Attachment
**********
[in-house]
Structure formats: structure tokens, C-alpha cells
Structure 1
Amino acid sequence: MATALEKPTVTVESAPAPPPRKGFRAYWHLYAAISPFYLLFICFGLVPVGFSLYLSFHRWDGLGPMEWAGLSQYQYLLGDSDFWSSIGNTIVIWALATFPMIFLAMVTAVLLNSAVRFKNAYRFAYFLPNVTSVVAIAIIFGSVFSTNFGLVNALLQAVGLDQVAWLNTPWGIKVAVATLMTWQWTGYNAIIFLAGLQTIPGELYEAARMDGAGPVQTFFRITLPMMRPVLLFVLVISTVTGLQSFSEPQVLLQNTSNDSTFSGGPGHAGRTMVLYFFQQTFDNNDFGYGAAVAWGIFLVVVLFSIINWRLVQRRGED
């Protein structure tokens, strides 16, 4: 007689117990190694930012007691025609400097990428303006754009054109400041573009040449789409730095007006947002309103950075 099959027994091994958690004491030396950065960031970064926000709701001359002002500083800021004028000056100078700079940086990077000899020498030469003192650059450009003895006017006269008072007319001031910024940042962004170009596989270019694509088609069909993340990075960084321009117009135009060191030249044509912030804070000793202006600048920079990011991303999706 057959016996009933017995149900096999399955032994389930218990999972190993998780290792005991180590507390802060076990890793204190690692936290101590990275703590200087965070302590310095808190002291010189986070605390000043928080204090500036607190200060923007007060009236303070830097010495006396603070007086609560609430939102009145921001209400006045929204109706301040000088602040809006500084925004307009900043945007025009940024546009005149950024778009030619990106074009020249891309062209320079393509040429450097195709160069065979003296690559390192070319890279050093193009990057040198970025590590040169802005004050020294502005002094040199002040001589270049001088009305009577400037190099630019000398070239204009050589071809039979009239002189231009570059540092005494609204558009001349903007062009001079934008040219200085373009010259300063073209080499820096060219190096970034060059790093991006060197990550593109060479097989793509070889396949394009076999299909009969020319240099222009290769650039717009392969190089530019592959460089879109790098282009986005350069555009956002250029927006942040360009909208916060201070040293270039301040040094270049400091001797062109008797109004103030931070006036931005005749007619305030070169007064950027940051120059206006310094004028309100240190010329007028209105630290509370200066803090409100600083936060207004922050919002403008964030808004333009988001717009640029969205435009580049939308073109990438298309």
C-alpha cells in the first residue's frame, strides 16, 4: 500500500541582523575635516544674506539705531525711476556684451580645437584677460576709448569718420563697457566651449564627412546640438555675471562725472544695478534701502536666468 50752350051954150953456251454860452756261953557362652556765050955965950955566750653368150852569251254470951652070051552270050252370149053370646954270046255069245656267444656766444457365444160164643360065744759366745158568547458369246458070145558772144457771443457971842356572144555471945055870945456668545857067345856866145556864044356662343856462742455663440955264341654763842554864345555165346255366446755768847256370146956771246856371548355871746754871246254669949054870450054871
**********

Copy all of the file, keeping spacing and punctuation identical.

[in-house]
Structure formats: structure tokens, C-alpha cells
Structure 1
Amino acid sequence: MATALEKPTVTVESAPAPPPRKGFRAYWHLYAAISPFYLLFICFGLVPVGFSLYLSFHRWDGLGPMEWAGLSQYQYLLGDSDFWSSIGNTIVIWALATFPMIFLAMVTAVLLNSAVRFKNAYRFAYFLPNVTSVVAIAIIFGSVFSTNFGLVNALLQAVGLDQVAWLNTPWGIKVAVATLMTWQWTGYNAIIFLAGLQTIPGELYEAARMDGAGPVQTFFRITLPMMRPVLLFVLVISTVTGLQSFSEPQVLLQNTSNDSTFSGGPGHAGRTMVLYFFQQTFDNNDFGYGAAVAWGIFLVVVLFSIINWRLVQRRGED
């Protein structure tokens, strides 16, 4: 007689117990190694930012007691025609400097990428303006754009054109400041573009040449789409730095007006947002309103950075 099959027994091994958690004491030396950065960031970064926000709701001359002002500083800021004028000056100078700079940086990077000899020498030469003192650059450009003895006017006269008072007319001031910024940042962004170009596989270019694509088609069909993340990075960084321009117009135009060191030249044509912030804070000793202006600048920079990011991303999706 057959016996009933017995149900096999399955032994389930218990999972190993998780290792005991180590507390802060076990890793204190690692936290101590990275703590200087965070302590310095808190002291010189986070605390000043928080204090500036607190200060923007007060009236303070830097010495006396603070007086609560609430939102009145921001209400006045929204109706301040000088602040809006500084925004307009900043945007025009940024546009005149950024778009030619990106074009020249891309062209320079393509040429450097195709160069065979003296690559390192070319890279050093193009990057040198970025590590040169802005004050020294502005002094040199002040001589270049001088009305009577400037190099630019000398070239204009050589071809039979009239002189231009570059540092005494609204558009001349903007062009001079934008040219200085373009010259300063073209080499820096060219190096970034060059790093991006060197990550593109060479097989793509070889396949394009076999299909009969020319240099222009290769650039717009392969190089530019592959460089879109790098282009986005350069555009956002250029927006942040360009909208916060201070040293270039301040040094270049400091001797062109008797109004103030931070006036931005005749007619305030070169007064950027940051120059206006310094004028309100240190010329007028209105630290509370200066803090409100600083936060207004922050919002403008964030808004333009988001717009640029969205435009580049939308073109990438298309």
C-alpha cells in the first residue's frame, strides 16, 4: 500500500541582523575635516544674506539705531525711476556684451580645437584677460576709448569718420563697457566651449564627412546640438555675471562725472544695478534701502536666468 50752350051954150953456251454860452756261953557362652556765050955965950955566750653368150852569251254470951652070051552270050252370149053370646954270046255069245656267444656766444457365444160164643360065744759366745158568547458369246458070145558772144457771443457971842356572144555471945055870945456668545857067345856866145556864044356662343856462742455663440955264341654763842554864345555165346255366446755768847256370146956771246856371548355871746754871246254669949054870450054871